hilltowns, Isabel Long Mystery Series

Having My Way With It

Actually, that title is an abbreviation of what I will be talking about March 9 at an event sponsored by the Shelburne Falls Area Women’s Club. Specifically, I will talk about how the hilltowns of Western Massachusetts, where I live, have been an inspiration for my fiction.

Actually, if I were to give the whole title it would be: I Take What I Know and Have My Way With It.

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Andrew Heinrich on the bassoon at Brodksy Bookshop in Taos, NM

I will be honest in saying I love doing these events. I’ve done them at libraries, classrooms, book stores, on stage and for literary groups — in person and virtually. One memorable reading was for my novel, Peace, Love, and You Know What, at Brodsky Bookshop in Taos, NM, where my friend, Andrew Heinrich played Beatles tunes on the bassoon. It was appropriate given the book’s pitch: First a three-day bash at a college hippie pad … and then maybe adulthood. Peace, Love, and You Know What is a comedy framed by the Vietnam War and Watergate.

Now I will be talking and reading in Shelburne Falls, Mass., the village where I live. For this event, I will concentrate on my Isabel Long Mystery Series. As I’ve said before, there’s a lot of me in Isabel. Given it’s written in first-person, present tense, I can’t help it. But I have no plans to be a private investigator now that I’ve left journalism for good. I will write about one instead — plus work on my other writing projects. It’s been a month, by the way, since I left that profession.

I admit I pay homage to family members, especially my mother, in this series. But this is definitely not a memoir. The rest of the characters are made up. So are Isabel’s cases.

But I honestly believe the hilltowns are a permanent part of my DNA considering the the length of time I’ve lived in Western Mass. — 25 years the first go-round and reaching five years this one — and importantly covering it as a reporter.  It helps my books be authentic.

I’ve been to lots of readings by other authors, so I am familiar with what works and what doesn’t. For the next few days I will concentrate on what I will say and how much I will read. There will be time for questions and I will have books for sale at a discount.

If you’re in the area, here are the event’s details: Wednesday, March 9, 4 p.m. at the Shelburne Buckland Community Center at 53 Main St., on the Shelburne side of Shelburne Falls.

ABOUT THE PHOTO ABOVE:

That’s me giving a reading at SOMOS in Taos — “a place for the written and spoken word.”

HOW TO FIND MY BOOKS:

Here’s the link to Amazon: https://www.amazon.com/Joan-Livingston/e/B01E1HKIDG

 

 

 

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Darkstroke Books, Isabel Long Mystery Series, Readers

Out of Nowhere

One never knows who will want to read your books. Lately, I had two experiences that brought this home.

First, I should say I don’t write books to sell books. Of course, I want to make money from my hard work. It would be great if it were a great deal of money. But I write because I love to write and I hope people will have the same experience reading the words I put together on paper or screen. I want them to forget they are reading but feel they are inside the story I created.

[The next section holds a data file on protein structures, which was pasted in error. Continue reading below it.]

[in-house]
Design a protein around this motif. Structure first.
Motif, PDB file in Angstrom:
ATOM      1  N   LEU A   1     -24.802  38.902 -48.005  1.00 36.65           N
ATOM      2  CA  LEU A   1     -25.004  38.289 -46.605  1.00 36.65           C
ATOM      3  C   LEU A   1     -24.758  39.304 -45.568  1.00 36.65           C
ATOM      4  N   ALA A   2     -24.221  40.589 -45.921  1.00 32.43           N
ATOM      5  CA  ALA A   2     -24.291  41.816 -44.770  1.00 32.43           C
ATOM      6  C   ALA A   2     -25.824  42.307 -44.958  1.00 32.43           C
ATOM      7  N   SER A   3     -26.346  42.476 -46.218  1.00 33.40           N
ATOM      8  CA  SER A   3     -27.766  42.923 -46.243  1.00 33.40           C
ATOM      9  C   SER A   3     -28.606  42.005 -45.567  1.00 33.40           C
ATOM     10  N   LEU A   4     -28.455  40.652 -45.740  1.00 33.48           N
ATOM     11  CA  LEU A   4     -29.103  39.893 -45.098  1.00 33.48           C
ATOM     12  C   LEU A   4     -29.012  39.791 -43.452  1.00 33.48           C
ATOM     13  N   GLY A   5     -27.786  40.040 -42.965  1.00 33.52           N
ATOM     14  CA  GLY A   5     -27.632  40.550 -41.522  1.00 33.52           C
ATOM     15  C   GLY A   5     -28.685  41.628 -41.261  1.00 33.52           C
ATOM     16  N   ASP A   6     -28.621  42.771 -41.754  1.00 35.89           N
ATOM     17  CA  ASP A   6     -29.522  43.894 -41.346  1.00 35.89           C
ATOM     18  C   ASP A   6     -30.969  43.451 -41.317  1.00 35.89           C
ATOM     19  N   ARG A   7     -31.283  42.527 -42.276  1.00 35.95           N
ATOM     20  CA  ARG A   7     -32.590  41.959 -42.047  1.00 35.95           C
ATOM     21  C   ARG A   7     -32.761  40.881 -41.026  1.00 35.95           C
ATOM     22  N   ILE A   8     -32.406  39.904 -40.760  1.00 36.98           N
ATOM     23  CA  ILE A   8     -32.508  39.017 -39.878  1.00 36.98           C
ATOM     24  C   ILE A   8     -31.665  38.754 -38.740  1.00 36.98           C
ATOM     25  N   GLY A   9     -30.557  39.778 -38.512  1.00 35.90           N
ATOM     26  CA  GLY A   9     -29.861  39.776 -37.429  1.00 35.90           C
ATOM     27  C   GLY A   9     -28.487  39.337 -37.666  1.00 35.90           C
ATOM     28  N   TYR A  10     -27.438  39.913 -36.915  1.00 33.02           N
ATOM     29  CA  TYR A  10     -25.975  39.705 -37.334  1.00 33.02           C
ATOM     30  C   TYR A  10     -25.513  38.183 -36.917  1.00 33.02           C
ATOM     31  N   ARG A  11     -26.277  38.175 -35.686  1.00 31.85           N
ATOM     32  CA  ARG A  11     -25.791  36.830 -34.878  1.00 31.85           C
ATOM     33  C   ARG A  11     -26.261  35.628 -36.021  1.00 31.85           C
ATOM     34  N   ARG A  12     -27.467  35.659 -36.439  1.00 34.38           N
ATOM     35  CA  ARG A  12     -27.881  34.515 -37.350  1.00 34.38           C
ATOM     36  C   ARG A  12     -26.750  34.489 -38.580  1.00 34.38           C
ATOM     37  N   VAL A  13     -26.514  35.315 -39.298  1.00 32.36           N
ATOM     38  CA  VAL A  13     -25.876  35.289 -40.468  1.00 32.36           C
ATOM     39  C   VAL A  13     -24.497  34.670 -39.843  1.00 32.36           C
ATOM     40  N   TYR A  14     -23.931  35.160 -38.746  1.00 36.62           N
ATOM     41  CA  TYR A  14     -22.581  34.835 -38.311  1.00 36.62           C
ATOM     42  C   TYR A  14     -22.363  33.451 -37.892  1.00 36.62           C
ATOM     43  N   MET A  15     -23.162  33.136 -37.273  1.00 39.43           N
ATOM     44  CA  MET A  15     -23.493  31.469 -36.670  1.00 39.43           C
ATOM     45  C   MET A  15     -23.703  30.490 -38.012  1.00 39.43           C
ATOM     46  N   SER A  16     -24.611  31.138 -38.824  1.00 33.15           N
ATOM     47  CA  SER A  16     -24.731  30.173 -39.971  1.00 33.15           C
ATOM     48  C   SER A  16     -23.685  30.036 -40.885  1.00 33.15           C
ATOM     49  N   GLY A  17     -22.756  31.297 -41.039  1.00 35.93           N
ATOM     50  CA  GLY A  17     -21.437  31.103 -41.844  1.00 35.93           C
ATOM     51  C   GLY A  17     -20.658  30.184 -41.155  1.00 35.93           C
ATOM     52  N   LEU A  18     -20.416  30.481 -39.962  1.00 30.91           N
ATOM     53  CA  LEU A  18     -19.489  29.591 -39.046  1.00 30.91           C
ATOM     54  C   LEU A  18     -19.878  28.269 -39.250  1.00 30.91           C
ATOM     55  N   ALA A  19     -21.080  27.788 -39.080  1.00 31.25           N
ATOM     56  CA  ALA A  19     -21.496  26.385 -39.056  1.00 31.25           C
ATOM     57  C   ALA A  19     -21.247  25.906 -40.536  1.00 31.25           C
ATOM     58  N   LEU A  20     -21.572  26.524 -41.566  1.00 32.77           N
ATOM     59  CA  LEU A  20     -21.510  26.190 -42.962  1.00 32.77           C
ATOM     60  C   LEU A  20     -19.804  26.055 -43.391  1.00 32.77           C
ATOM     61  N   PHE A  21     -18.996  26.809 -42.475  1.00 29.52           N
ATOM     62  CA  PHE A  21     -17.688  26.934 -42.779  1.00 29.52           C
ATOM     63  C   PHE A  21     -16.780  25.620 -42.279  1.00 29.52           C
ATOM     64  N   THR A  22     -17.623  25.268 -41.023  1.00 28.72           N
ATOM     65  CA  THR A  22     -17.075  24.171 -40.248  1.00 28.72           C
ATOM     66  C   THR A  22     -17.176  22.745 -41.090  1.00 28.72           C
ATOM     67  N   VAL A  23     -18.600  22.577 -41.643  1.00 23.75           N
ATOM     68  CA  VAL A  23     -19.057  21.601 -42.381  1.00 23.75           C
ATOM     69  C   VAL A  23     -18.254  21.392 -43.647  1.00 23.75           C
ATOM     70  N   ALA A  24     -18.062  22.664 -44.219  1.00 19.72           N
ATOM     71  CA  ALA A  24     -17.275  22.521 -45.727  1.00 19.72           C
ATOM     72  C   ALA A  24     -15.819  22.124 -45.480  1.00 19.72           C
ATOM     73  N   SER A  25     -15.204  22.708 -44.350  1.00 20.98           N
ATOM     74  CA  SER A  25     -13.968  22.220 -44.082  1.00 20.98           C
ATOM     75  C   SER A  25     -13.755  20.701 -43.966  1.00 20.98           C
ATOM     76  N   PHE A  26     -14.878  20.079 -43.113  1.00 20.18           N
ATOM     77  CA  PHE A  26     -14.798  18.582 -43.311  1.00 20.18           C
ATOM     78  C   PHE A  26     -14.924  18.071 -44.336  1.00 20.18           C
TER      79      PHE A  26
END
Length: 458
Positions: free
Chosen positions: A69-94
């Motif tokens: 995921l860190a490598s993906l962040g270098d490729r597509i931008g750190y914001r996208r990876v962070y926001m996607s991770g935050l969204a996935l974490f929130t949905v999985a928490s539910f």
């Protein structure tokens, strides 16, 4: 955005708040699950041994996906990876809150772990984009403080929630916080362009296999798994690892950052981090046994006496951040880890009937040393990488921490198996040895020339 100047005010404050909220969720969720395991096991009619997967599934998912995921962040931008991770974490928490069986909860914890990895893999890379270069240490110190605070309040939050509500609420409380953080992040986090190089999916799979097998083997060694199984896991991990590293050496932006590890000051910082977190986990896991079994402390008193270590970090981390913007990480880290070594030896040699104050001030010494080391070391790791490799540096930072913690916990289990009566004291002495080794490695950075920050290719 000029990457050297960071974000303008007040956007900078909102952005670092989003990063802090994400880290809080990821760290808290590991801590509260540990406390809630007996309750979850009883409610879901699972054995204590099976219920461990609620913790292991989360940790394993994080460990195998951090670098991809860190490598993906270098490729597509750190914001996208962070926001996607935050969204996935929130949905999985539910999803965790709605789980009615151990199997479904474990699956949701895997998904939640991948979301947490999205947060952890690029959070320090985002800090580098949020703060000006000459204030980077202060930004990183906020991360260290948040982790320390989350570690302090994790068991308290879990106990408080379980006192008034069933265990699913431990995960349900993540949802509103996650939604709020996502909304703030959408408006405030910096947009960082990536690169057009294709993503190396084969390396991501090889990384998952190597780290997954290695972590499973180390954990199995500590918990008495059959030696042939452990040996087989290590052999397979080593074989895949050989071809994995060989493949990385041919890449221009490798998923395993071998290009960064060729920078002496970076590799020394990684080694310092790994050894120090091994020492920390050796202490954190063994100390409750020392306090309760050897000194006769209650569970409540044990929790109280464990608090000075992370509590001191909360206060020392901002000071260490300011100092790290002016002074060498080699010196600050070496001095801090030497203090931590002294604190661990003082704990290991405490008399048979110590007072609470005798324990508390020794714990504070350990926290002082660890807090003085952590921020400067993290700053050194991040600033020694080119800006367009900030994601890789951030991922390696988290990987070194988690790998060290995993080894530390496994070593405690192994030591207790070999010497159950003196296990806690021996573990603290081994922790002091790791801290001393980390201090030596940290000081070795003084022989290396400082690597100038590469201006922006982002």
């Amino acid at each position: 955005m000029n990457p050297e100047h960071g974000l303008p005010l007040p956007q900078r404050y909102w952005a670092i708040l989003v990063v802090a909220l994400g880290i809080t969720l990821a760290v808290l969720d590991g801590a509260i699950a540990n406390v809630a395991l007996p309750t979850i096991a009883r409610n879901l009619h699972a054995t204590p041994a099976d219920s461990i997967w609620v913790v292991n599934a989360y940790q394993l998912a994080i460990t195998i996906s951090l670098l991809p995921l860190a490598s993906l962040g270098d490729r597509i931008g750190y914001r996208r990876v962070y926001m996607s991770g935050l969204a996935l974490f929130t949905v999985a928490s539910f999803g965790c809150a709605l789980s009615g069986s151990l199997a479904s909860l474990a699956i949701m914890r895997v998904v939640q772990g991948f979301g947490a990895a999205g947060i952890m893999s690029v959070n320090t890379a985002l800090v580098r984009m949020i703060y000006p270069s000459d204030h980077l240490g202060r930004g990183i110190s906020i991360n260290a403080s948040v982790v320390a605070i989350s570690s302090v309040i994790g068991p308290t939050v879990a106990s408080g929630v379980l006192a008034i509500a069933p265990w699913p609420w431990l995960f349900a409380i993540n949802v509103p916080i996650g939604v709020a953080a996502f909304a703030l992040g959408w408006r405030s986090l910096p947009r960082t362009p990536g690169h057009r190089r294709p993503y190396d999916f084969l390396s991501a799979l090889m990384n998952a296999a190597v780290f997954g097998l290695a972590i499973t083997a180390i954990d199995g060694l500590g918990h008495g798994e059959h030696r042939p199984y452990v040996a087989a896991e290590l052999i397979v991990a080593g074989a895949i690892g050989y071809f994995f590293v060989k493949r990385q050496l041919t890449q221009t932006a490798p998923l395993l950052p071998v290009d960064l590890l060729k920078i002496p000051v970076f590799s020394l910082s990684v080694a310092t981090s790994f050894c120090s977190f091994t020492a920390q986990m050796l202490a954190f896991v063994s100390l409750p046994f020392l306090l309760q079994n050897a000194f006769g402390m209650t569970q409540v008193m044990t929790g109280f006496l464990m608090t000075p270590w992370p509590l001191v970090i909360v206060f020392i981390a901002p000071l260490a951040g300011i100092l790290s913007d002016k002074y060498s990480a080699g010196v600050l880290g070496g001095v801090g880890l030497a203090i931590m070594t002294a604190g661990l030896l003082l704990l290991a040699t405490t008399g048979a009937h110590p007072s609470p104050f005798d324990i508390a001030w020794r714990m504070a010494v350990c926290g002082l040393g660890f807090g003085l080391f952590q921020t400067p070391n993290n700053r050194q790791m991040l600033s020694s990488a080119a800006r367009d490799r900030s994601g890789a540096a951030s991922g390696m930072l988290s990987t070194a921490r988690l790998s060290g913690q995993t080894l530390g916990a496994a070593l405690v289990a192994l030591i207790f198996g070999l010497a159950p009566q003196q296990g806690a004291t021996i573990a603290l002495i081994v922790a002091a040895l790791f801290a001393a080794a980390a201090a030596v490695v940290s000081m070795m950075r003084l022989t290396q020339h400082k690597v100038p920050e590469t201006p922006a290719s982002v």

I certainly appreciate the support I receive from fellow authors, especially those I have met through my publisher darkstroke books. You know who you are. I smile at the reviews and ratings that perfect strangers leave on Amazon and their comments via social media. Then there are those who come to in-person readings or I meet randomly, say at my son’s brewery. Of course, I have the backing of my family and longtime friends.

But let me tell you about those two experiences I mentioned above.

The first was aided by Fred, a writer who I met in college and continues to be a close friend. He was in communication with a friend who is incarcerated in a prison. I won’t go into the reasons why, but he does share with Fred an interest in books. Fred recommended my Isabel Long Mystery Series. It turns out Fred’s friend belongs to a reading group in prison, and upon his request, the members took up my first book, “Chasing the Case.” Last I heard, they enjoyed it enough to move onto the second, “Redneck’s Revenge.”

The second is an encounter I had with the person at one of the newsrooms where I work. She handles many responsibilities for the ad department. I happened to be near her desk when she showed the paperback copies of the first four books in my series. Would I be willing to sign them? And as I did, she told me she asked for them as a Christmas present and was so happy when she found them under the tree. She had heard I write mysteries, her favorite genre. I was touched and promised her a gift of the fifth that will be out later this month.

Both experiences made me smile and glad that I write books people wanted to read.

ABOUT THE PHOTO ABOVE: That’s the full cover of Working the Beat, no. 5 in my Isabel Long Mystery Series, set for a Jan. 27 release. Here’s the link: mybook.to/workingthebeat

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Isabel Long Mystery Series, Working the Beat

What’s Behind the Title?

Working the Beat is number five in my Isabel Long Mystery Series. Like the other books in this series, that title popped into my head. It’s a bit of a tribute to Isabel’s former career as a journalist, first as a reporter and then as an editor. And I would be remiss in not stating my long career has been in that field.

As I can attest,  a reporter has a beat, whether it’s a topic such as higher education or crime, or one that’s geographic. A good reporter will work that beat to find and report stories — staying with them until the end.

When I was a reporter, I covered a rural area in Western Massachusetts for a daily newspaper. One might think there wouldn’t be any news in a town of say a thousand people, but as I found out, there was plenty to write about‚ even crime. I developed a list of reliable sources. I kept my ears and eyes open for possible tips, finding them sometimes in unexpected places. I was friendly when I needed to be. And a good listener. Yes, I put being nosy to a good cause.

Yes, these are transferable skills. And those are what Isabel Long uses as a private investigator.